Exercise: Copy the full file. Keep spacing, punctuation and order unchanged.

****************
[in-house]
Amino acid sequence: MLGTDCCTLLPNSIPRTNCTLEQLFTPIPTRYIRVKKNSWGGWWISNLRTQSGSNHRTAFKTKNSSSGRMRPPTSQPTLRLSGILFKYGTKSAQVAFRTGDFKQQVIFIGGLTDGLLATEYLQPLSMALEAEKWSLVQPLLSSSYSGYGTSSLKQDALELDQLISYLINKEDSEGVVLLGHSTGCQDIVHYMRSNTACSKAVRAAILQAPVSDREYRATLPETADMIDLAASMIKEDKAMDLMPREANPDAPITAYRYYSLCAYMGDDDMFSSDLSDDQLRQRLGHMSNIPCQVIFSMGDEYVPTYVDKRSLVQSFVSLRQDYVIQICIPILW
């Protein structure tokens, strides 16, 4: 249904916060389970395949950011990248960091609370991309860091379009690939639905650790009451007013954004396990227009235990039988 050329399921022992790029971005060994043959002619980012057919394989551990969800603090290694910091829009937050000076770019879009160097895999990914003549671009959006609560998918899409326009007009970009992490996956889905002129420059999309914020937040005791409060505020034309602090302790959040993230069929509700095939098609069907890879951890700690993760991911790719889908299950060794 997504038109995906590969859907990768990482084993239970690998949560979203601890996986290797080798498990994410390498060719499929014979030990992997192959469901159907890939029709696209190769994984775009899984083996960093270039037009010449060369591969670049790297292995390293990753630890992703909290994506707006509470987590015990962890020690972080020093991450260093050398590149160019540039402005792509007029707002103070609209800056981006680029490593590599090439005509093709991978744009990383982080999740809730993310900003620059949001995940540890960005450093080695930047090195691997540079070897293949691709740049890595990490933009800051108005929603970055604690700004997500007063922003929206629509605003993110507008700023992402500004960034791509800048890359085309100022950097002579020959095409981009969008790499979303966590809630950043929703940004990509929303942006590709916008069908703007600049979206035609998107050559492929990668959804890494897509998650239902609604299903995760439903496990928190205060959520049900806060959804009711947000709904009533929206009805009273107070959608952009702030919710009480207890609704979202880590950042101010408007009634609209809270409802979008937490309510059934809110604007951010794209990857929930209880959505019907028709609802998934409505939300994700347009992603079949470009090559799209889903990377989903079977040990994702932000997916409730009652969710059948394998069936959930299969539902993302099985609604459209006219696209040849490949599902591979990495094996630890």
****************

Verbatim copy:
[in-house]
Amino acid sequence: MLGTDCCTLLPNSIPRTNCTLEQLFTPIPTRYIRVKKNSWGGWWISNLRTQSGSNHRTAFKTKNSSSGRMRPPTSQPTLRLSGILFKYGTKSAQVAFRTGDFKQQVIFIGGLTDGLLATEYLQPLSMALEAEKWSLVQPLLSSSYSGYGTSSLKQDALELDQLISYLINKEDSEGVVLLGHSTGCQDIVHYMRSNTACSKAVRAAILQAPVSDREYRATLPETADMIDLAASMIKEDKAMDLMPREANPDAPITAYRYYSLCAYMGDDDMFSSDLSDDQLRQRLGHMSNIPCQVIFSMGDEYVPTYVDKRSLVQSFVSLRQDYVIQICIPILW
């Protein structure tokens, strides 16, 4: 249904916060389970395949950011990248960091609370991309860091379009690939639905650790009451007013954004396990227009235990039988 050329399921022992790029971005060994043959002619980012057919394989551990969800603090290694910091829009937050000076770019879009160097895999990914003549671009959006609560998918899409326009007009970009992490996956889905002129420059999309914020937040005791409060505020034309602090302790959040993230069929509700095939098609069907890879951890700690993760991911790719889908299950060794 997504038109995906590969859907990768990482084993239970690998949560979203601890996986290797080798498990994410390498060719499929014979030990992997192959469901159907890939029709696209190769994984775009899984083996960093270039037009010449060369591969670049790297292995390293990753630890992703909290994506707006509470987590015990962890020690972080020093991450260093050398590149160019540039402005792509007029707002103070609209800056981006680029490593590599090439005509093709991978744009990383982080999740809730993310900003620059949001995940540890960005450093080695930047090195691997540079070897293949691709740049890595990490933009800051108005929603970055604690700004997500007063922003929206629509605003993110507008700023992402500004960034791509800048890359085309100022950097002579020959095409981009969008790499979303966590809630950043929703940004990509929303942006590709916008069908703007600049979206035609998107050559492929990668959804890494897509998650239902609604299903995760439903496990928190205060959520049900806060959804009711947000709904009533929206009805009273107070959608952009702030919710009480207890609704979202880590950042101010408007009634609209809270409802979008937490309510059934809110604007951010794209990857929930209880959505019907028709609802998934409505939300994700347009992603079949470009090559799209889903990377989903079977040990994702932000997916409730009652969710059948394998069936959930299969539902993302099985609604459209006219696209040849490949599902591979990495094996630890």